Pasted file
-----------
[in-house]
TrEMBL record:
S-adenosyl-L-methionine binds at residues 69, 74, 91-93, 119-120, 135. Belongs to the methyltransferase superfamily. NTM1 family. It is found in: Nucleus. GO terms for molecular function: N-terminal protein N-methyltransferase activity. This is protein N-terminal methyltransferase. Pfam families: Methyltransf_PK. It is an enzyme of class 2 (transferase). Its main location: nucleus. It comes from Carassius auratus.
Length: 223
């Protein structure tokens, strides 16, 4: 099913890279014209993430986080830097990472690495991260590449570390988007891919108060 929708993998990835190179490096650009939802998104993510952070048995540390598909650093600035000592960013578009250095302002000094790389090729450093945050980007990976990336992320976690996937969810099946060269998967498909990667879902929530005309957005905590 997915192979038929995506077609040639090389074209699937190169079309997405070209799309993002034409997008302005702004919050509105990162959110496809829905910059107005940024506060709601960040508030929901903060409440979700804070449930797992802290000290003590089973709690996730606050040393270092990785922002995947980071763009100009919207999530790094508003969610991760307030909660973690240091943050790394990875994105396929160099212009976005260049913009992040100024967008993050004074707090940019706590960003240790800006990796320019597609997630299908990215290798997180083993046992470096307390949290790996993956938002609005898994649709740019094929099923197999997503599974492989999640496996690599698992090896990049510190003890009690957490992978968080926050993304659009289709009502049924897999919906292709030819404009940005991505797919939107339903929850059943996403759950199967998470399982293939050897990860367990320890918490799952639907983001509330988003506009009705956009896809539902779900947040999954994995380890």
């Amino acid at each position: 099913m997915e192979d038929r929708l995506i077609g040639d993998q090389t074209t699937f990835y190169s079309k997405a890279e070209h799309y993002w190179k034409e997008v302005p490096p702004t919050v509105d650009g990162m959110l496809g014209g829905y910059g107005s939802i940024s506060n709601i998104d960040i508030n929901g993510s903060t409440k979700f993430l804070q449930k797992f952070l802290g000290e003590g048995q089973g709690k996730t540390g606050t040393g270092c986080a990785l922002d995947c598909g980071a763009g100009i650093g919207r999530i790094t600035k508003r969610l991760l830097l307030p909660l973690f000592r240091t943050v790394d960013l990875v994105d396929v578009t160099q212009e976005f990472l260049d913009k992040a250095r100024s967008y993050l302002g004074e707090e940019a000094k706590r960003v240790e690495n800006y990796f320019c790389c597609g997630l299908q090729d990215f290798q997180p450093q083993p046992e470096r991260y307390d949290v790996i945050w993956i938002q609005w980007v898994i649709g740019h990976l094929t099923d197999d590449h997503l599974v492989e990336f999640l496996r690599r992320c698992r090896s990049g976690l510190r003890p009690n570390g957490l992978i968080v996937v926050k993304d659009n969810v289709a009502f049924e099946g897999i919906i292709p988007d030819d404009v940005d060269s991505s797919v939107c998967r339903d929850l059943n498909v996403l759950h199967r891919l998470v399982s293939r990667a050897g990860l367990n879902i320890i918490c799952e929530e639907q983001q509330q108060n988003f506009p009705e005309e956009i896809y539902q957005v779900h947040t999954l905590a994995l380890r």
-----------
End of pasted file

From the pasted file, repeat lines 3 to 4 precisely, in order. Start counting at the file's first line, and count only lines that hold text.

S-adenosyl-L-methionine binds at residues 69, 74, 91-93, 119-120, 135. Belongs to the methyltransferase superfamily. NTM1 family. It is found in: Nucleus. GO terms for molecular function: N-terminal protein N-methyltransferase activity. This is protein N-terminal methyltransferase. Pfam families: Methyltransf_PK. It is an enzyme of class 2 (transferase). Its main location: nucleus. It comes from Carassius auratus.
Length: 223